Tell your doctor about all of the medicines you take, including prescription and over-the-counter medicines, vitamins, and herbal supplements. Many medicines interact with KALETRA. Do not start taking a new medicine without telling your doctor or pharmacist. Your doctor can tell you if it is safe to take KALETRA with other medicines. Your doctor may need to change the dose of other medicines while you take KALETRA. Tell your doctor right away if you are taking:

  • Estrogen-based contraceptives (birth control pills and patches). You should use a different type or an extra form of birth control, since birth control pills or patches may not work as well while you take KALETRA. Talk to your doctor about how to prevent pregnancy while taking KALETRA.
  • Medicines used for the treatment of erectile problems, such as avanafil (Stendra®), sildenafil (Viagra®), tadalafil (Cialis®), or vardenafil (Levitra®). There is an increased risk of certain problems when you take these medicines with KALETRA, such as low blood pressure (dizziness or fainting), vision changes, and/or erections lasting more than 4 hours. Tell your doctor right away if you experience any of these side effects.

KALETRA should not be taken once daily if you take carbamazepine (Carbatrol®, Epitol®, Equetro®, Tegretol®), phenobarbital (Luminal®), phenytoin (Dilantin®, Phenytek®), efavirenz (Atripla®, Sustiva®), nevirapine (Viramune®), or nelfinavir (Viracept®).

KALETRA tablets should not be taken once daily if you are pregnant. You should not take KALETRA oral solution if you are pregnant.

KALETRA oral solution contains propylene glycol and a large amount of alcohol.

  • KALETRA oral solution should not be given to babies younger than 14 days of age unless your doctor thinks it is right for your baby. Babies taking KALETRA oral solution may have side effects. Call your doctor right away if your baby appears too sleepy or their breathing has changed.
  • Talk with your doctor if you take or plan to take metronidazole or disulfiram. You can have severe nausea and vomiting if you take these medicines with KALETRA.

This is not a complete list of medicines about which you should tell your doctor or pharmacist. For more information, refer to the KALETRA Medication Guide. Ask your doctor or pharmacist if you are not sure what medicines you are taking. Know all the medicines that you take. Keep a list of them to show doctors and pharmacists when you get a new medicine. Do not start any new medicines while you are taking KALETRA without first talking with your doctor.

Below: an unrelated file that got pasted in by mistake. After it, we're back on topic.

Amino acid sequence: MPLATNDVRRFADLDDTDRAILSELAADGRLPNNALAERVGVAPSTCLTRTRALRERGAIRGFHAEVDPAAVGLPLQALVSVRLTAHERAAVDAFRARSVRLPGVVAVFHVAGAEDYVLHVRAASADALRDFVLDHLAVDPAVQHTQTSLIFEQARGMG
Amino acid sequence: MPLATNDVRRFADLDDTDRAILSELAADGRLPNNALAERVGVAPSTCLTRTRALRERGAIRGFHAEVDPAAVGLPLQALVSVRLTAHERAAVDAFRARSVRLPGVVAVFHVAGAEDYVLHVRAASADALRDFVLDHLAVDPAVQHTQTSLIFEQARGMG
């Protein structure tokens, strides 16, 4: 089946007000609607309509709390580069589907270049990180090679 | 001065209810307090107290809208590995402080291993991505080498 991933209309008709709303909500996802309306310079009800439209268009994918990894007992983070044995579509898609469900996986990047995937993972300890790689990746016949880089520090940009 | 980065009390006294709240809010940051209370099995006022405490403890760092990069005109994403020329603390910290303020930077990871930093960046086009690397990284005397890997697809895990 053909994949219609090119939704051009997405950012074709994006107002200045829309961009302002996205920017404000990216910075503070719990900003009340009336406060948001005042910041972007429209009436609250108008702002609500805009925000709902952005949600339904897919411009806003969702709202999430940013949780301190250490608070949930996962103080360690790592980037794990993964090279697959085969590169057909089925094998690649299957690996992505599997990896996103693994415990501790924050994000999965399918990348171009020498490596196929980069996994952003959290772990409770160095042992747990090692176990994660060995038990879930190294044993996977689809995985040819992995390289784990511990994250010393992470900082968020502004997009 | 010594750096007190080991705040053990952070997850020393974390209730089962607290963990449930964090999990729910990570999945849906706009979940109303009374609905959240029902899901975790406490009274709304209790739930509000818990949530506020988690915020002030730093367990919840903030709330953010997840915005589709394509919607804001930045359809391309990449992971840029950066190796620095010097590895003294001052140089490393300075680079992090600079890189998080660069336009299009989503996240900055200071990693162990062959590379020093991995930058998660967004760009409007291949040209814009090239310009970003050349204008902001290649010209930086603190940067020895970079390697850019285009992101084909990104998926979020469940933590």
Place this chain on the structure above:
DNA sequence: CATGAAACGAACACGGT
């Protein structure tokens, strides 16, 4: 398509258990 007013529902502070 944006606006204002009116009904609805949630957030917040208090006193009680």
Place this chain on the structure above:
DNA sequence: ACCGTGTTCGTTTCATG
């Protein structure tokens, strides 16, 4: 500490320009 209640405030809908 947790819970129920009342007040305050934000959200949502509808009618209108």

What are the possible side effects of KALETRA?

KALETRA can cause serious side effects:
KALETRA may not be right for you. Tell your doctor about all of your medical conditions.

Inflammation of the pancreas (pancreatitis), which may be serious and cause death, has occurred in some people who take KALETRA. You have a higher chance of having pancreatitis if you have had it before. Tell your doctor if you have nausea, vomiting, and/or abdominal pain, as these may be signs of pancreatitis.

Liver problems, including death, can happen in people who take KALETRA. Your doctor should do blood tests before and during your treatment with KALETRA to check your liver function. Some people with liver disease, such as hepatitis B or C, who take KALETRA may have worsening liver disease. Tell your doctor right away if you have any of the following signs and symptoms: loss of appetite, yellowing of skin or eyes (jaundice), dark-colored urine, pale-colored stools, itchy skin, and/or stomach area (abdominal) pain.

New or more serious diabetes and high blood sugar (hyperglycemia) have occurred in some people who take protease inhibitors, including KALETRA. Tell your doctor if you notice an increase in thirst or urinate often while taking KALETRA.

Changes in your immune system (Immune Reconstitution Syndrome) can happen when you start taking HIV medicines. Your immune system may get stronger and begin to fight infections that have been hidden in your body for a long time. Call your doctor right away if you start having new symptoms after starting your HIV medicine.

Large increases in certain fat (triglycerides and cholesterol) levels in the blood have occurred in some people receiving KALETRA. Your doctor should do blood tests to check your cholesterol and triglyceride levels before you start taking KALETRA and during your treatment.

Changes in body fat have been seen in some people who take anti-HIV therapy. The cause and long-term health effects of these conditions are not known at this time.

Increased bleeding has occurred in some people with hemophilia who take protease inhibitors, including KALETRA.

Common side effects of KALETRA include diarrhea, nausea, increased fats in blood (triglycerides or cholesterol), and vomiting. These are not all of the possible side effects of KALETRA.

This is the most important information to know about KALETRA. For more information, talk with your doctor.

Reference:
KALETRA [package insert]. 1697387-1741904